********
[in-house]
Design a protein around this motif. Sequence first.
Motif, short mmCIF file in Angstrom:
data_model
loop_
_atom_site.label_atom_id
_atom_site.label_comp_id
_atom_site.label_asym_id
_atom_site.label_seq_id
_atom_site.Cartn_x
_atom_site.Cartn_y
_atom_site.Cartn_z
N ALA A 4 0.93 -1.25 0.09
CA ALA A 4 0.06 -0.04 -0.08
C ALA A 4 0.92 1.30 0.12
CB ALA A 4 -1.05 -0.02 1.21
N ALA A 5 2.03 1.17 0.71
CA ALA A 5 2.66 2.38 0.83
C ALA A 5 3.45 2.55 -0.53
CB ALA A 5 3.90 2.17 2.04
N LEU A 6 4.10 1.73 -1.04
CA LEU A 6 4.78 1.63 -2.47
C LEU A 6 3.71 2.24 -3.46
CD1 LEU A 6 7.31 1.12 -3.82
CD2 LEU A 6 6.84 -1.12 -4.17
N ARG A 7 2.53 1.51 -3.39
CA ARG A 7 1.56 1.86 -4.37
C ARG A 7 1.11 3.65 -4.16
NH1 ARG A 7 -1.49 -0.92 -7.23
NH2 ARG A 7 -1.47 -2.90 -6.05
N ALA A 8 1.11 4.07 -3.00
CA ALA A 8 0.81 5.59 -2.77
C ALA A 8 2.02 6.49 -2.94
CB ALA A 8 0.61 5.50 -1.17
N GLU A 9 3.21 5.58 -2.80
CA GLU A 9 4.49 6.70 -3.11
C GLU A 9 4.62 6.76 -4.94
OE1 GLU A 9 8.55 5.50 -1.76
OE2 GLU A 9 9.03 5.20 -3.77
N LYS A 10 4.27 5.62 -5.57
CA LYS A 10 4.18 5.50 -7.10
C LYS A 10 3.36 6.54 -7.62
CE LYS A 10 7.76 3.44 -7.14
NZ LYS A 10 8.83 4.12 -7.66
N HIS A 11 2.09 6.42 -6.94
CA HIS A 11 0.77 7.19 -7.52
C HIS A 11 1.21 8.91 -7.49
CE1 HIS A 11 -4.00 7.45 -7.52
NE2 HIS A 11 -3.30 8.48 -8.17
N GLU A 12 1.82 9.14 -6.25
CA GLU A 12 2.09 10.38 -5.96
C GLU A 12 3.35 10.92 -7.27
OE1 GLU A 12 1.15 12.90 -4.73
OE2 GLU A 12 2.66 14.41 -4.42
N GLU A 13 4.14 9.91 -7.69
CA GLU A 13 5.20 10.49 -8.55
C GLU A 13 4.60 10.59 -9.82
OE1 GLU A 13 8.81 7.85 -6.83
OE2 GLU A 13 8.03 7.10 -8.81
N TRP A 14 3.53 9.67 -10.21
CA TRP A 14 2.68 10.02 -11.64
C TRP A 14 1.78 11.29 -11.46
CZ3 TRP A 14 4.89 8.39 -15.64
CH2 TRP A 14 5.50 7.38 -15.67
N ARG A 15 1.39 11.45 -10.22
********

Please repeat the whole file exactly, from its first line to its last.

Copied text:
[in-house]
Design a protein around this motif. Sequence first.
Motif, short mmCIF file in Angstrom:
data_model
loop_
_atom_site.label_atom_id
_atom_site.label_comp_id
_atom_site.label_asym_id
_atom_site.label_seq_id
_atom_site.Cartn_x
_atom_site.Cartn_y
_atom_site.Cartn_z
N ALA A 4 0.93 -1.25 0.09
CA ALA A 4 0.06 -0.04 -0.08
C ALA A 4 0.92 1.30 0.12
CB ALA A 4 -1.05 -0.02 1.21
N ALA A 5 2.03 1.17 0.71
CA ALA A 5 2.66 2.38 0.83
C ALA A 5 3.45 2.55 -0.53
CB ALA A 5 3.90 2.17 2.04
N LEU A 6 4.10 1.73 -1.04
CA LEU A 6 4.78 1.63 -2.47
C LEU A 6 3.71 2.24 -3.46
CD1 LEU A 6 7.31 1.12 -3.82
CD2 LEU A 6 6.84 -1.12 -4.17
N ARG A 7 2.53 1.51 -3.39
CA ARG A 7 1.56 1.86 -4.37
C ARG A 7 1.11 3.65 -4.16
NH1 ARG A 7 -1.49 -0.92 -7.23
NH2 ARG A 7 -1.47 -2.90 -6.05
N ALA A 8 1.11 4.07 -3.00
CA ALA A 8 0.81 5.59 -2.77
C ALA A 8 2.02 6.49 -2.94
CB ALA A 8 0.61 5.50 -1.17
N GLU A 9 3.21 5.58 -2.80
CA GLU A 9 4.49 6.70 -3.11
C GLU A 9 4.62 6.76 -4.94
OE1 GLU A 9 8.55 5.50 -1.76
OE2 GLU A 9 9.03 5.20 -3.77
N LYS A 10 4.27 5.62 -5.57
CA LYS A 10 4.18 5.50 -7.10
C LYS A 10 3.36 6.54 -7.62
CE LYS A 10 7.76 3.44 -7.14
NZ LYS A 10 8.83 4.12 -7.66
N HIS A 11 2.09 6.42 -6.94
CA HIS A 11 0.77 7.19 -7.52
C HIS A 11 1.21 8.91 -7.49
CE1 HIS A 11 -4.00 7.45 -7.52
NE2 HIS A 11 -3.30 8.48 -8.17
N GLU A 12 1.82 9.14 -6.25
CA GLU A 12 2.09 10.38 -5.96
C GLU A 12 3.35 10.92 -7.27
OE1 GLU A 12 1.15 12.90 -4.73
OE2 GLU A 12 2.66 14.41 -4.42
N GLU A 13 4.14 9.91 -7.69
CA GLU A 13 5.20 10.49 -8.55
C GLU A 13 4.60 10.59 -9.82
OE1 GLU A 13 8.81 7.85 -6.83
OE2 GLU A 13 8.03 7.10 -8.81
N TRP A 14 3.53 9.67 -10.21
CA TRP A 14 2.68 10.02 -11.64
C TRP A 14 1.78 11.29 -11.46
CZ3 TRP A 14 4.89 8.39 -15.64
CH2 TRP A 14 5.50 7.38 -15.67
N ARG A 15 1.39 11.45 -10.22